Finding myself in a time warp again (no, not that one)
It’s been three years since COVID-19 lockdowns were implemented around the world. When that happened, time seemed to grind to a halt as the world intently followed the latest public health announcements. Plans were ripped apart as businesses all around us were shuttered.
Three years later, as we’re still learning to live in the era of COVID-19, it feels like we’ve jumped ahead in time. 2021 and 2022 were like a fever dream.
When the pandemic hit, I was among the disabled whose day-to-day living already required self-isolation at times because of my SMA. That meant my life carried on as usual and time kept ticking. But those who had their “normal” lives disrupted witnessed new digital infrastructures being built to facilitate the continuation of certain aspects of their lives — school, work, family gatherings, you name it. Incidentally, those same infrastructures have helped disabled people catch up to our peers.
Today, as the world enters a “new normal,” my life is the one being disrupted. Lately, I’ve been feeling time in a peculiar way that didn’t happen during the pandemic. It’s like “the world spins around while I’m frozen to my seat,” to borrow a line from the Broadway musical “In the Heights.”
Wandering into the disquieting unknown
January to March was a whirlwind for me. It was my column’s second anniversary, I had a fulfilling social life, I published four big gaming articles, and I had a book launch. I attended a writing program for aspiring video game writers, and I trained new caregivers. On top of that, I finally had medical assessments done to ascertain how far my SMA has progressed in case I manage to crowdfund enough money for a year’s worth of Evrysdi (risdiplam), a disease-modifying therapy that could halt my deterioration. My entire life was full-steam ahead.
Now that winter is making room for spring, I should be looking forward to my next life-changing adventures. But the momentum I recently had has come to a screeching halt.
I’m cheering on those around me who’ve achieved great milestones and moved forward in trying new things. SMA’s progression in my body, and my efforts to end it, carry on. But apart from that, I’m lying in bed, trying to fill time with whatever I can. My desk has no work or learning assignments on it. My social calendar is empty. That’s because I knew that to be rested and ready to raise the necessary money for my Evrysdi treatment, I needed to reserve as much emotional and physical energy as I could.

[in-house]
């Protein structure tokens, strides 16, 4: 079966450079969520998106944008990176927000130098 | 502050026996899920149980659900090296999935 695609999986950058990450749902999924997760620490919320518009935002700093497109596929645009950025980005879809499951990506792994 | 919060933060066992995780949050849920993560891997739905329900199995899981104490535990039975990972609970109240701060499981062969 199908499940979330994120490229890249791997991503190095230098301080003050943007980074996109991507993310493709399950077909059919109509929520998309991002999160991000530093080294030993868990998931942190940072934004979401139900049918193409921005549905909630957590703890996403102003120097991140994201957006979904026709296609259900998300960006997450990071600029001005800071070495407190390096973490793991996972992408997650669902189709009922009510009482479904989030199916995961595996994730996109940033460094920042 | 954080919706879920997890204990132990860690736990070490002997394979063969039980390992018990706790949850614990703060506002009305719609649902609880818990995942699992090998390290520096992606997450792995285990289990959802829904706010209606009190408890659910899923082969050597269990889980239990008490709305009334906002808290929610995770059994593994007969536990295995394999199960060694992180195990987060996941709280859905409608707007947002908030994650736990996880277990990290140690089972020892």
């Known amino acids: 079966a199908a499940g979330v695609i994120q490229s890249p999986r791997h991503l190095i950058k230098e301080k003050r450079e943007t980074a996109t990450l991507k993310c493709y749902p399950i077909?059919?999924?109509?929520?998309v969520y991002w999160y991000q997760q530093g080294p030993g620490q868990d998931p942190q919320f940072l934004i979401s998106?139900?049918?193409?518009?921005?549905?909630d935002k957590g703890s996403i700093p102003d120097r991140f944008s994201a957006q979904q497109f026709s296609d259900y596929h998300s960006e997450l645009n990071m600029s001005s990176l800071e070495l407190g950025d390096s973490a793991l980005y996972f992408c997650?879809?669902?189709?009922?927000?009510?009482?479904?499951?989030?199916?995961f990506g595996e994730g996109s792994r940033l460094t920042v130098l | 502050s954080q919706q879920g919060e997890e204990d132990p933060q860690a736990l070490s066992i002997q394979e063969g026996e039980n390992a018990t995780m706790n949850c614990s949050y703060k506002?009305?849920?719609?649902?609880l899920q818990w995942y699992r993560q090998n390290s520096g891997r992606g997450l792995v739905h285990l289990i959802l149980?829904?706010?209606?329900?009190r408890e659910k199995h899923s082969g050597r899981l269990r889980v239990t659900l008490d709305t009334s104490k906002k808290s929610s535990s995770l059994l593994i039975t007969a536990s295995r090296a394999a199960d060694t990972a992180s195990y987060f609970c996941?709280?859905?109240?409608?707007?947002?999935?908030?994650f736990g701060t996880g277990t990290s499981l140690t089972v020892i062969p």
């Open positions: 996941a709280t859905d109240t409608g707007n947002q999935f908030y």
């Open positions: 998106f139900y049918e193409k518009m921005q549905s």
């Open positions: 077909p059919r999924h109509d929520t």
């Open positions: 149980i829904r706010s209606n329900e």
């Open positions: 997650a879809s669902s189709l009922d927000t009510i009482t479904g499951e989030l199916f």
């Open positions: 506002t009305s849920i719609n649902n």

I don’t know what to do with that. I feel like I should be emailing gaming publications instead of envying other writers for receiving recognition and job offers. But I’d run the risk of becoming distracted and burning out from writing and advocacy if I found myself suddenly speaking to local news outlets about the annual funding I need for a drug to treat my rare disease.
On the other hand, as I write this, my crowdfunding effort is sitting at about 5,300 Singapore dollars (about $3,970) while my goal is SG$375,000 (about $280,900), and I’m wondering if I’m wasting my time. Right now, I can’t afford even a single bottle of the drug.
‘We gotta move on’
As disability scholar Ellen Samuels writes in her essay “Six Ways of Looking at Crip Time,” “Disability and illness have the power to extract us from linear, progressive time with its normative life stages and cast us into a wormhole of backward and forward acceleration, jerky stops and starts, tedious intervals and abrupt endings.”
Sometimes that means you’re hospitalized at age 8 while your friends are working to get good grades in school, which, as our Singaporean parents tell us, is key to changing the course of our lives. Other times, it means being 15 and feeling lonely as everyone around you finds romantic love. Or going through a pandemic at 21. Or deciding at 24 that you need to prioritize raising awareness about SMA and your health over your career dreams.
So now, like the people who felt the shocks of the COVID-19 pandemic, I’m finding TikTok videos to watch, books to read, art to make, and games to play as a means of coping. Who knows, maybe something can grow from this little bubble of warped time?
I’m hopeful — partly because, after sitting with my thoughts, I’m reminded that not experiencing time in a linear manner is just part of the human experience.
As far as I know, Lin-Manuel Miranda and Quiara Alegría Hudes weren’t disabled when they co-wrote “In The Heights.” (Miranda wrote the music and lyrics while Hudes wrote the book.) While the musical was primarily for Hispanic and Latinx Americans, its message of living the life you want despite facing marginalization resonates across other cultures and demographics.
There’s solidarity in knowing that we share common experiences, despite different social realities. And more than that, in knowing that we’ll all move forward someday, step by step, second by second.
Note: SMA News Today is strictly a news and information website about the disease. It does not provide medical advice, diagnosis, or treatment. This content is not intended to be a substitute for professional medical advice, diagnosis, or treatment. Always seek the advice of your physician or other qualified health provider with any questions you may have regarding a medical condition. Never disregard professional medical advice or delay in seeking it because of something you have read on this website. The opinions expressed in this column are not those of SMA News Today or its parent company, BioNews, and are intended to spark discussion about issues pertaining to spinal muscular atrophy.
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